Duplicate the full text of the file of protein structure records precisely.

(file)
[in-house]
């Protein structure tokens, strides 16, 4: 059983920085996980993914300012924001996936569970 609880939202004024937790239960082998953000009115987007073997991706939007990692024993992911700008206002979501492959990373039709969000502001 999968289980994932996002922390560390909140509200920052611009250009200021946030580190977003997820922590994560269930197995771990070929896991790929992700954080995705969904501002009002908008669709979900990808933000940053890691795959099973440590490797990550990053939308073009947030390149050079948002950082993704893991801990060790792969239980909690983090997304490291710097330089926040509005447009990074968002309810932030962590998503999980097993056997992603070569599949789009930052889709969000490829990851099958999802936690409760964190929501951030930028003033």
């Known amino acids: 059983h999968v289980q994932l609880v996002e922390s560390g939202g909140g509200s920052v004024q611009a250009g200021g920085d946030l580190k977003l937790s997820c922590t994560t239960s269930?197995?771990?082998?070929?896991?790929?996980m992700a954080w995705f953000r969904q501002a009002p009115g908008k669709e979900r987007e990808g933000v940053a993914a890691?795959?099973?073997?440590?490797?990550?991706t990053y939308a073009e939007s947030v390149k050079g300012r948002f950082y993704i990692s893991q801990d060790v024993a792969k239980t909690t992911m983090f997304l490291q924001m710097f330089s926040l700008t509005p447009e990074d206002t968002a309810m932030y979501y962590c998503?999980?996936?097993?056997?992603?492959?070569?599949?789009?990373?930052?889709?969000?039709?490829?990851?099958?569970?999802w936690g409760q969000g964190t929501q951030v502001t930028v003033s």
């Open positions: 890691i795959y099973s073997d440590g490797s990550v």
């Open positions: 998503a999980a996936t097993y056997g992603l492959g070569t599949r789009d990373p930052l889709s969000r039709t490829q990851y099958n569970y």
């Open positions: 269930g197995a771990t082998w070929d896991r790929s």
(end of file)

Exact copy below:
[in-house]
């Protein structure tokens, strides 16, 4: 059983920085996980993914300012924001996936569970 609880939202004024937790239960082998953000009115987007073997991706939007990692024993992911700008206002979501492959990373039709969000502001 999968289980994932996002922390560390909140509200920052611009250009200021946030580190977003997820922590994560269930197995771990070929896991790929992700954080995705969904501002009002908008669709979900990808933000940053890691795959099973440590490797990550990053939308073009947030390149050079948002950082993704893991801990060790792969239980909690983090997304490291710097330089926040509005447009990074968002309810932030962590998503999980097993056997992603070569599949789009930052889709969000490829990851099958999802936690409760964190929501951030930028003033």
């Known amino acids: 059983h999968v289980q994932l609880v996002e922390s560390g939202g909140g509200s920052v004024q611009a250009g200021g920085d946030l580190k977003l937790s997820c922590t994560t239960s269930?197995?771990?082998?070929?896991?790929?996980m992700a954080w995705f953000r969904q501002a009002p009115g908008k669709e979900r987007e990808g933000v940053a993914a890691?795959?099973?073997?440590?490797?990550?991706t990053y939308a073009e939007s947030v390149k050079g300012r948002f950082y993704i990692s893991q801990d060790v024993a792969k239980t909690t992911m983090f997304l490291q924001m710097f330089s926040l700008t509005p447009e990074d206002t968002a309810m932030y979501y962590c998503?999980?996936?097993?056997?992603?492959?070569?599949?789009?990373?930052?889709?969000?039709?490829?990851?099958?569970?999802w936690g409760q969000g964190t929501q951030v502001t930028v003033s």
């Open positions: 890691i795959y099973s073997d440590g490797s990550v």
């Open positions: 998503a999980a996936t097993y056997g992603l492959g070569t599949r789009d990373p930052l889709s969000r039709t490829q990851y099958n569970y």
């Open positions: 269930g197995a771990t082998w070929d896991r790929s």